Like its larger 17-inch counterpart, Lenovo’s 15-inch Legion Y740 (starts at $ 1,679.99; $ 1,919.99 as tested) is an effective GeForce RTX-based gaming laptop with an appealing high-end feature set. The design is plainer than most, but the physical build is solid and, unlike the 17-inch version, perfectly portable for a gaming machine. The Legion Y740 is not quite a bargain at this price, and the battery life is disappointing, but it represents fair value for the components and feature set, with performance to match more expensive options. This price stretches past what we would consider midrange, but it’s the least expensive among the high-performing, high-cost RTX-based machines we have tested so far, among them the Editors’ Choice Razer Blade 15 and the near-miss Acer Predator Triton 500. (Those are more powerful, and have spiffier builds.) If you’re trying to keep the cost under $ 2,000 for an RTX gamer, the Legion sticks close to those systems and demands few concessions.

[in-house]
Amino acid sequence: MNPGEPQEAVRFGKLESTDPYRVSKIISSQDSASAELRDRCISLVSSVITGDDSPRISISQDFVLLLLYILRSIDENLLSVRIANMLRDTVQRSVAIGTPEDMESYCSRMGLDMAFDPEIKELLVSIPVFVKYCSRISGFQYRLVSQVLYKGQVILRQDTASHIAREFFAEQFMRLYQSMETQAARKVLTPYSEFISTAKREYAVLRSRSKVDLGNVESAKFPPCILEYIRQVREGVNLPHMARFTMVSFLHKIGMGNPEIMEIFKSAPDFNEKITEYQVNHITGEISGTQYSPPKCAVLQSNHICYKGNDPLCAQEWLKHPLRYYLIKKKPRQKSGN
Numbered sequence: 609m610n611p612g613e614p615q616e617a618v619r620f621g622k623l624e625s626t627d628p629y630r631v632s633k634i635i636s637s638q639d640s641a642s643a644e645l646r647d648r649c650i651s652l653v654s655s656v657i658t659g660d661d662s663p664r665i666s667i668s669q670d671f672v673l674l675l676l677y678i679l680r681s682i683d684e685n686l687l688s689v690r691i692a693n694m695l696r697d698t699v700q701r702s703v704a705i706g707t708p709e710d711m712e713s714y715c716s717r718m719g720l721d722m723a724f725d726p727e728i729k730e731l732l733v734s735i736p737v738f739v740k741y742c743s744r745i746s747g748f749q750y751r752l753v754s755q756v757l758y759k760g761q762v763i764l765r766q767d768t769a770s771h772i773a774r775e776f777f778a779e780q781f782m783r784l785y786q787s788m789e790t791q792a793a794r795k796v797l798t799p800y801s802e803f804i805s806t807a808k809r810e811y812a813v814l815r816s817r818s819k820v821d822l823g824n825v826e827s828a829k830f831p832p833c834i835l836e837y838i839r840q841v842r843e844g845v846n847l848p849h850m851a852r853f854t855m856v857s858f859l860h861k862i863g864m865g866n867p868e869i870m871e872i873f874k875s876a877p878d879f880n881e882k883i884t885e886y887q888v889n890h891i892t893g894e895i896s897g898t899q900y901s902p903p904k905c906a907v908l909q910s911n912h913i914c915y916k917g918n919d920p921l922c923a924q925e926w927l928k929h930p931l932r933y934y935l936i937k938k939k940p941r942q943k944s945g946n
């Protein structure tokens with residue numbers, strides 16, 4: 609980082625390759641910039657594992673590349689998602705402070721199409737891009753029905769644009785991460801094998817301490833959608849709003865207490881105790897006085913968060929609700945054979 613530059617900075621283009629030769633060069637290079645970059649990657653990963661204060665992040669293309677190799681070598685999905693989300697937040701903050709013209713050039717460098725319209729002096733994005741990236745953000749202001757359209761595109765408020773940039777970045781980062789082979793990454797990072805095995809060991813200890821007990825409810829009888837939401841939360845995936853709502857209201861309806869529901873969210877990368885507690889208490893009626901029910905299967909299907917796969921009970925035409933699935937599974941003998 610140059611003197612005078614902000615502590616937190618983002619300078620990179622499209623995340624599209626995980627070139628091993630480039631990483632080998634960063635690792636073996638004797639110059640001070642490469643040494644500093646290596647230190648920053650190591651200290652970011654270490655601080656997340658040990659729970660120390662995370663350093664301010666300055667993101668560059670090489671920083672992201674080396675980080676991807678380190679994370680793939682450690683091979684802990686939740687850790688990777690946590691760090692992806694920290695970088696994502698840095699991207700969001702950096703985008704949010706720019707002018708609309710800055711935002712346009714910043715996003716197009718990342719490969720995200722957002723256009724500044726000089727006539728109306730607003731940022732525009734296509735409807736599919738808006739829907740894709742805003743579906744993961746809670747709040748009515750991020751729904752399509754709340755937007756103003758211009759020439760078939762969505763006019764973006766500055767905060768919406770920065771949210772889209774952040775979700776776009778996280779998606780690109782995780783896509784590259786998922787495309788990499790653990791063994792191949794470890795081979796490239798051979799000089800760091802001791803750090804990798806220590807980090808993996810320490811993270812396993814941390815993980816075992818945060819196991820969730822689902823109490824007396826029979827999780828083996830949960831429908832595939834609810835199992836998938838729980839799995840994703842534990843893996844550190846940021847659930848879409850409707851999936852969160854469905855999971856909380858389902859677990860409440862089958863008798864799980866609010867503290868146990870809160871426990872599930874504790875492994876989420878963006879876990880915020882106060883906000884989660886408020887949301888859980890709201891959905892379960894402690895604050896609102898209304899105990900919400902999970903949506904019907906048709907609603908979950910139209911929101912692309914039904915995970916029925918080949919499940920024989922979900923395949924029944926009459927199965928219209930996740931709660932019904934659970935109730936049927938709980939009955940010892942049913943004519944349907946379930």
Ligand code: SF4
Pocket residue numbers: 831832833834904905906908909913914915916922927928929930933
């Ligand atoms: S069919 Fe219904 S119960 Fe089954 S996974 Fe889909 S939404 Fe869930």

Restrained Style, Compact Build
The Legion Y740 maintains the same style as both the previous iteration and its larger companion, the 17-inch Legion Y740. The shape itself is slick, an angular, modern-looking design with the display hinge set in front of a rear thermal block, which helps keep the rest of the laptop thin. Aesthetically, it’s on the tasteful side as gaming-laptop designs go, perhaps too plain for some. (Myself, I favor restraint above an over-the-top look any day.)
The entire chassis is silver and black, with a smooth finish on the lid and a Legion logo running vertically along the side. You don’t get the gaudy, unattractive lid logo that “adorns” many gaming laptops.
The chassis styling is a better fit, to me, at 15 inches than on the 17-inch model. The larger size makes the 17-incher very slab-like, and it accentuates the plainer aspects of the design. Smaller doesn’t mean less expensive, though: This model is still pricey as configured, and you may want something more chic for nearly $ 2,000.